Unmanned mobile devices, better known as drones, are one of the most significant ‘dark technologies’ of the 2010’s, and proceeds to reconfigure sociopolitical relations through the gesture of the remote gaze. Note that I say ‘mobile’, as opposed to ‘aerial’, as drones encompass unmanned land and water-based craft as well, but for our purposes, the flying eye has been the most visible technology in Baudrillard’s mediascape in terms of its use by the CIA in the Afghanistan/Pakistan and African theatres of operation.
To compound matters, the 2012 FAA Reauthorization Act has created a milieu in which estimates are that there could be 10,000 domestic drones in use by 2020 (Bennett & Rubin). Drones are going to be one of the US’s major technology growth markets, with the devices being used in geographic, aerospace, and environmental research as well as military and law enforcement uses.
From this, a strange series of cultural disconnects are emerging as drone images become Tumblr fodder as part of the ‘New Aesthetic’ art movement via James Bridle’s Dronestagram site (Bridle), and drones proliferate through sites like DIYDrones.com and even retailer Costco. What emerges is a complex cultural landscape where a burgeoning remote air force polices the globe in the name of American power, while the images generated by them elicit a perverse visual fascination amongst certain subcultures. Furthermore, only slightly domesticated versions of these technologies are now being flown by techno-enthusiasts and children. What is developing is a complex set of relations that is abstracting power, interaction, and representation.
In March of 2012, a panel of five artists, writers, and designers presented a panel at the media festival South by Southwest entitled, “The New Aesthetic: Seeing Like Digital Devices” (Bridle, et al). In this panel, they stated that the aesthetics of digital vision and representation, created through algorithmically-driven imaging and devices, including generative art, Kinects, and drones, are creating a machine aesthetic signaling a distinct step in the creation of the digital image since its emergence in the 1960’s. The panel expounded upon the aesthetics of new re-presentation technologies like 3D printing as well. Keep in mind that this panel drew with a very broad brush, including everything from algorism to computer glitch media, but what has intersected with current events are robot eyes like those of drones and their cyborg sighting mechanisms that team pattern recognition with human remote operators. This panel may have faded into obscurity if it were not for Bruce Sterling’s endnote talk foregrounding the concept (Sterling).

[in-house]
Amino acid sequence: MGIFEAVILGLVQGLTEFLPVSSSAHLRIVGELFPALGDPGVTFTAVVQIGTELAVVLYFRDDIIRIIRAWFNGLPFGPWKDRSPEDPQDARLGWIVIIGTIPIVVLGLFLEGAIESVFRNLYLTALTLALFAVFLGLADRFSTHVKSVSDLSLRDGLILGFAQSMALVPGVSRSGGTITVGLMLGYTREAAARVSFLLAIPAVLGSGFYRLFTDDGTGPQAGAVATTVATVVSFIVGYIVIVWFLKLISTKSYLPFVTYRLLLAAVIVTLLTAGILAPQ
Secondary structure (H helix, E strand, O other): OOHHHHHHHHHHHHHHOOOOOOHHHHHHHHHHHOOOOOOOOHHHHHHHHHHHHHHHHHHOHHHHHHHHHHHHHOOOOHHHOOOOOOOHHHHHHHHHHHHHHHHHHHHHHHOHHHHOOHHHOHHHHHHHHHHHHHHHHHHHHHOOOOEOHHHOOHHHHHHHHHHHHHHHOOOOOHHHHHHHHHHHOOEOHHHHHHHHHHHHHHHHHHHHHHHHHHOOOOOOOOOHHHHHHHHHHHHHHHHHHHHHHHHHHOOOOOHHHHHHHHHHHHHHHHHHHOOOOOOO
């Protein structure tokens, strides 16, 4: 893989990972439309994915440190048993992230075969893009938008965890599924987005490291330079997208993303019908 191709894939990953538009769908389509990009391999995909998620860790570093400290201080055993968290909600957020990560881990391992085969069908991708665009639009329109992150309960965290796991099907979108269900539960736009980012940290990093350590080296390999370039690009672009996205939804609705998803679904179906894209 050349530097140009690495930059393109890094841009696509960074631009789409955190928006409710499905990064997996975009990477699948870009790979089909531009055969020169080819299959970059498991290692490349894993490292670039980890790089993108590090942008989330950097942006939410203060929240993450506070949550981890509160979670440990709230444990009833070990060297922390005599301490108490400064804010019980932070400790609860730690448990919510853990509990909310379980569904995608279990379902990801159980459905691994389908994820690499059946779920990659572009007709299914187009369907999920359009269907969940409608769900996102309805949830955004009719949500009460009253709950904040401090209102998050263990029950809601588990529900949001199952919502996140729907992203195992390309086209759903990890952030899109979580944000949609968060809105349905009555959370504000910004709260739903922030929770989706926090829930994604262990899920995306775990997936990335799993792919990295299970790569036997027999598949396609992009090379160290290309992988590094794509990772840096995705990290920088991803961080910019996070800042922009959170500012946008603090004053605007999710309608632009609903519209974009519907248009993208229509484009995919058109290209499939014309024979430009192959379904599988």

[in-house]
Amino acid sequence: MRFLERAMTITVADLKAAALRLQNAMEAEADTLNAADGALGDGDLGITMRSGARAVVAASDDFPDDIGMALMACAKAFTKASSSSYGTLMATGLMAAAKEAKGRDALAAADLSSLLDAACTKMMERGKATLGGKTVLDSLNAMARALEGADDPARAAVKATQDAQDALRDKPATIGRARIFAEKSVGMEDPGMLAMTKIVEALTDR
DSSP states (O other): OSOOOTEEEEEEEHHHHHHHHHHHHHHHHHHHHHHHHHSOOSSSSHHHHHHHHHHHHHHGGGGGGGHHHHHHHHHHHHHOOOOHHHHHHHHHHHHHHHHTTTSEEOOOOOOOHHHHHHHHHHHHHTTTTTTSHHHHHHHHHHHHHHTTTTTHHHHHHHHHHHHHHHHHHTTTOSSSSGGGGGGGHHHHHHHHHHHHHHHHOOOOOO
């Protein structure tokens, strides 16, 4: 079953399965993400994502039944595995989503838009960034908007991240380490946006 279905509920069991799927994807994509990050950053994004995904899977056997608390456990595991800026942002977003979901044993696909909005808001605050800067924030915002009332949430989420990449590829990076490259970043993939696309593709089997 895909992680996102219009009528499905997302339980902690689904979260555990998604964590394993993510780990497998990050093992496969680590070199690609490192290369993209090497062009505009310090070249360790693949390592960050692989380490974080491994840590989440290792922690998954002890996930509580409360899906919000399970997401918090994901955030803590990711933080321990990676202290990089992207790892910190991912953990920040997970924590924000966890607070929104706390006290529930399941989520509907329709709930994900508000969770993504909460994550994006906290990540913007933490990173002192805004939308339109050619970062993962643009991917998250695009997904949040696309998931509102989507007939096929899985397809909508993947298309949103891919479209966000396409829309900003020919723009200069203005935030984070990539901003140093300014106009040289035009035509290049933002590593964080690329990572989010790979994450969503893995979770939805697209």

Bridle’s creation of the Dronestagram Tumblr foregrounds the drone’s eye view or the ‘shadow’ of the drone on the landscape, as depicted by Bridle’s Drone Shadow 002 (Bridle), which was a 1:1 scale outline of a drone’s shadow in Istanbul for the 1st Istanbul Design Biennial. Other projects that highlight the gaze from and the gazing of military drones are Trevor Paglen’s Drone Vision and Omar Fast’s film, Five Thousand Feet is the Best, which tells a fictionalized encounter of a Nevada-based drone operator with an interaction between a Middle Eastern family and a group of men planting an IED. Fast makes an interesting observation in the narrative, “Seeing the world from above doesn’t just flatten things, it sharpens them. It makes relationships clearer.” (Fast) Conversely, Trevor Paglen remarks on the nature of drone vision: